Northern Colorado farmers used German prisoners of war as stoop labor on their sugar beets farms during World War II.

(Photo: Courtesy of Shirley Beck)

The 1944 sugar beet crop in northern Colorado was a record one. But the more noteworthy aspect of that year's harvest isn't the beets, but the workers that pulled them up.

With many of the area’s men fighting overseas in World War II battlefields, farmers enlisted German prisoners of war to help with the harvest.

Camp 202 near Greeley issued strict guidelines to farmers using POW labor in their fields:

  • Don’t ever believe a prisoner of war likes you. He doesn’t.
  • Don’t believe that a prisoner of war likes to work for you. He works because he is ordered to work.
  • In using prisoners of war, keep your mouth shut.

Despite these regulations, fraternizing between residents and imprisoned soldiers occurred with regularity. Those relationships inspired Loveland resident Rick Padden, 63, to write a play about this little-known piece of Colorado history. He first heard of it while working as the editor-in-chief at the Berthoud Weekly Surveyor, the town’s weekly newspaper.

Berthoud historian Mark French wrote an article for the Berthoud Weekly Surveyor about resident Bob Lebsack, who remembers driving German POWs from Camp 202 to the sugar beet fields.

(Photo: Courtesy of Berthoud Weekly Surveyor)

Mark French, a historian based in the small town, had written an article about Bob Lebsack, a resident who remembered driving prisoners from Camp 202 to the fields.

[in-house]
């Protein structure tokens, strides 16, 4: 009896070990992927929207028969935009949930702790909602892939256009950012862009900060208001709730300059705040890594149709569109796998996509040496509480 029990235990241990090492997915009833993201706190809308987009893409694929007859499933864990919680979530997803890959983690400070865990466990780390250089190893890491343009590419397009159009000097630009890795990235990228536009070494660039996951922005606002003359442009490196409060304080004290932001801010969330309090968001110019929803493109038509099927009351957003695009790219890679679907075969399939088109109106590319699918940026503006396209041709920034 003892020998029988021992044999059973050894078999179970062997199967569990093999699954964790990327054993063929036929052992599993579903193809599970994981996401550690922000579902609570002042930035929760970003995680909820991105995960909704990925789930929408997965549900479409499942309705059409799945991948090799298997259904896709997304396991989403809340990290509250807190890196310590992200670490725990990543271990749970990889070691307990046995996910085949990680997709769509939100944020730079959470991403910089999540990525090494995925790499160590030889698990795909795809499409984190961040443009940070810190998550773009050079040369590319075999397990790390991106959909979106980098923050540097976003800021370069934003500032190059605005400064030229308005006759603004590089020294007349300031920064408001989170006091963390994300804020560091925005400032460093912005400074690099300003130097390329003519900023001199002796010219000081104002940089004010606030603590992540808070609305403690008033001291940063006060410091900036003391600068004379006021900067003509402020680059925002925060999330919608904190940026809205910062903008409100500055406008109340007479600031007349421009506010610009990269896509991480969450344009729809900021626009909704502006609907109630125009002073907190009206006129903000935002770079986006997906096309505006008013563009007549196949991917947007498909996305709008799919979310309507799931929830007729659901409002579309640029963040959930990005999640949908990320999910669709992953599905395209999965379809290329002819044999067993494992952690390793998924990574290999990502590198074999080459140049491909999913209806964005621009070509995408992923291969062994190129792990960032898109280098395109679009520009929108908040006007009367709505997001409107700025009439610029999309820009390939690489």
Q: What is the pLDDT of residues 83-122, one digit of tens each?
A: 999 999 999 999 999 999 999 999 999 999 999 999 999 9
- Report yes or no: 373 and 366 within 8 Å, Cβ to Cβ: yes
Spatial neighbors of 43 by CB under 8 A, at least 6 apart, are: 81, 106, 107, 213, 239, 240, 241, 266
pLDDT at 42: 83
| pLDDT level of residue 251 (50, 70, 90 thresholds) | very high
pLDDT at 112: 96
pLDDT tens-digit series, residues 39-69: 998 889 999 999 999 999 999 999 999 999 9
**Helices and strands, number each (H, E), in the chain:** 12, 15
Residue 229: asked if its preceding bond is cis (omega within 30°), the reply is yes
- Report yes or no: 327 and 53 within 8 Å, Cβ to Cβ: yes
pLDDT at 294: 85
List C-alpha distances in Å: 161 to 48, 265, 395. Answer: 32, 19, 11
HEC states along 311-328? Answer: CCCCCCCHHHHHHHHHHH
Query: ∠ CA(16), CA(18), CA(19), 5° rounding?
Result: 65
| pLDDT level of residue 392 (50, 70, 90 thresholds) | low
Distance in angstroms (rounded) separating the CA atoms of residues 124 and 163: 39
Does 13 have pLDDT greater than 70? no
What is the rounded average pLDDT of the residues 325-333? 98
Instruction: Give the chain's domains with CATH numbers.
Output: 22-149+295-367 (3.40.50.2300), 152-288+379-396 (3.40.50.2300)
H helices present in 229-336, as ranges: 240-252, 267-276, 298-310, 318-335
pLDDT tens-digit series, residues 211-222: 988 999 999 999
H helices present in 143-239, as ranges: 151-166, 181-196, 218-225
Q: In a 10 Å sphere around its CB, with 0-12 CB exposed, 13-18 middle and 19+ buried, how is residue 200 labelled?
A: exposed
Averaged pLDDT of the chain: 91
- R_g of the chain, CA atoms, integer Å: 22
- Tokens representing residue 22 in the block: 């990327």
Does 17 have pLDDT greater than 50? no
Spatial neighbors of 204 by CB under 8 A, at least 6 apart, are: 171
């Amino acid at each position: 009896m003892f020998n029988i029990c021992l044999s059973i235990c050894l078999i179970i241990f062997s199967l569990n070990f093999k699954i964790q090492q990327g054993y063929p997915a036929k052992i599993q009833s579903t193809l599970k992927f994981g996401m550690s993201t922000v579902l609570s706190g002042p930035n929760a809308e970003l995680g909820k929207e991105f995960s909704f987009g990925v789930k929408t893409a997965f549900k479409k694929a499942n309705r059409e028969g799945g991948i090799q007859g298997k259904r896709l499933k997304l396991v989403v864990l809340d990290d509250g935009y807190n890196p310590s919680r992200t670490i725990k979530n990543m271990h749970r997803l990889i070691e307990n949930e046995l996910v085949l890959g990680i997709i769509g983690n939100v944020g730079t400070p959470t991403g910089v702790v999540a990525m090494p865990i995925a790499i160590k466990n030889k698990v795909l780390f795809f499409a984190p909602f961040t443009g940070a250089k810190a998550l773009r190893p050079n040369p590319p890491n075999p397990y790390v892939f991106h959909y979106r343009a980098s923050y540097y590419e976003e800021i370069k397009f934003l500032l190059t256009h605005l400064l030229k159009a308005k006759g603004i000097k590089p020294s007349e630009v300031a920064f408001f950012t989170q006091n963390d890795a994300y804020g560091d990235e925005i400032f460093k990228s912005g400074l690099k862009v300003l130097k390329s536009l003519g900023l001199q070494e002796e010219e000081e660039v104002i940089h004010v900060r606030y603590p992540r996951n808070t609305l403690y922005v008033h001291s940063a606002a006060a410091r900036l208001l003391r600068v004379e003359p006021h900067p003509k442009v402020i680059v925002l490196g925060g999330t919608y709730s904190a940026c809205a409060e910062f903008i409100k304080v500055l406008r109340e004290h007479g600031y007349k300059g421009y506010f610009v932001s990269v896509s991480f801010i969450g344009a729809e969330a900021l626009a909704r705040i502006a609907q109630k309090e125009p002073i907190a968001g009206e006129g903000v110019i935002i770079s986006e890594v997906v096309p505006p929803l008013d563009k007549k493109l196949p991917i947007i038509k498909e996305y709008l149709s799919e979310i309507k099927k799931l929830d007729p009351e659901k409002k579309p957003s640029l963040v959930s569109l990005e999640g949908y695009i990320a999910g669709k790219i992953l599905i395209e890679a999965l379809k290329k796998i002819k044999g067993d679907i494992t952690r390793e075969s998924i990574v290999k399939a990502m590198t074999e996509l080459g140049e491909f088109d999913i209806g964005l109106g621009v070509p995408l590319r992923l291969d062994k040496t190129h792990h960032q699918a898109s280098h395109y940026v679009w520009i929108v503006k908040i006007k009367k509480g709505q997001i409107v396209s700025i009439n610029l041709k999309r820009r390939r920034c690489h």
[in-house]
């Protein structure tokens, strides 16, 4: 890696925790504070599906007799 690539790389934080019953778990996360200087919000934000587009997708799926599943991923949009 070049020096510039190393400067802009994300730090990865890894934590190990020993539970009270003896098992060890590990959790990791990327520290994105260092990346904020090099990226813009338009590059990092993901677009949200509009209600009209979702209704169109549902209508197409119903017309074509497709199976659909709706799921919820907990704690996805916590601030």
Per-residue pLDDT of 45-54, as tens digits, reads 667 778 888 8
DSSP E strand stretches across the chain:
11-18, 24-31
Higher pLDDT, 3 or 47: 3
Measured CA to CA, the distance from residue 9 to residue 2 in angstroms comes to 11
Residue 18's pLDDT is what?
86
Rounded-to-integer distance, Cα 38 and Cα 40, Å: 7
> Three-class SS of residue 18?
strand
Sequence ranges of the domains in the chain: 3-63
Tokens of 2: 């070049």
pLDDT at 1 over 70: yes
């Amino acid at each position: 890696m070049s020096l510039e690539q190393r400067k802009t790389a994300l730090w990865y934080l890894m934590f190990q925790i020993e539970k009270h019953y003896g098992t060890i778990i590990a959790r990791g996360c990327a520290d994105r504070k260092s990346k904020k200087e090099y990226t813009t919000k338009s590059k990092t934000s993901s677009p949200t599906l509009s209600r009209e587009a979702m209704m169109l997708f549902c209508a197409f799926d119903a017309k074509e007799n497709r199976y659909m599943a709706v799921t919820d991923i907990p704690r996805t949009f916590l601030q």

Padden felt Lebsack’s narrative would make for great fodder for the stage.

“You’ve got circumstances here that aren’t common in a small town,” Padden says. “So there was conflict, there was emotion, and eventually there was compassion.”

His play “Beets,” running now through Feb. 8 at the Aurora Fox Theater, is a dramatic depiction of the events that transpired in Berthoud from 1944 to 1945 when POWs from Camp 202, which housed almost 3,000 of the 400,000 German soldiers brought to American soil, worked on northern Colorado sugar beet farms.

“Beets” follows Fred Hunt, an English beet farmer living in Berthoud with his wife and daughter while his son is in Belgium fighting Axis troupes. Hunt is at first reluctant to use POW labor in his field, but eventually agrees. One day, a young German soldier sees Hunt’s daughter, Anna, while working in the fields and waves to her. This sparks a distant, forbidden love affair.

After extensive research and interviews, Padden wrote the play in 21 days. The drama weaves in historical research, including the camp-issued guidelines and letters from soldiers.

“It gives a level of genuineness to the dialogue because it’s real language from real young men during the war,” Padden says of his decision to incorporate the historical texts.

Wartime music

Music also plays a prominent role in Padden’s “Beets.”

Padden draws upon the famous war song “Lili Marlene,” about a woman waiting under the lamppost on a pier for her man to return from combat.

“It was a song that was popular on both sides of the Atlantic, with both German and Allied soldiers,” Padden says.

In one scene of “Beets,” the mother invites all of the POWs into the farmhouse for boiled potatoes. Anna, a skilled pianist, begins to play “Lili Marlene,” which unites the entire cast in song and dance.

Click the audio above to listen to CPR's Chloe Veltman interviewing playwright Rick Padden as well as stories from residents who experienced these events in northern Colorado.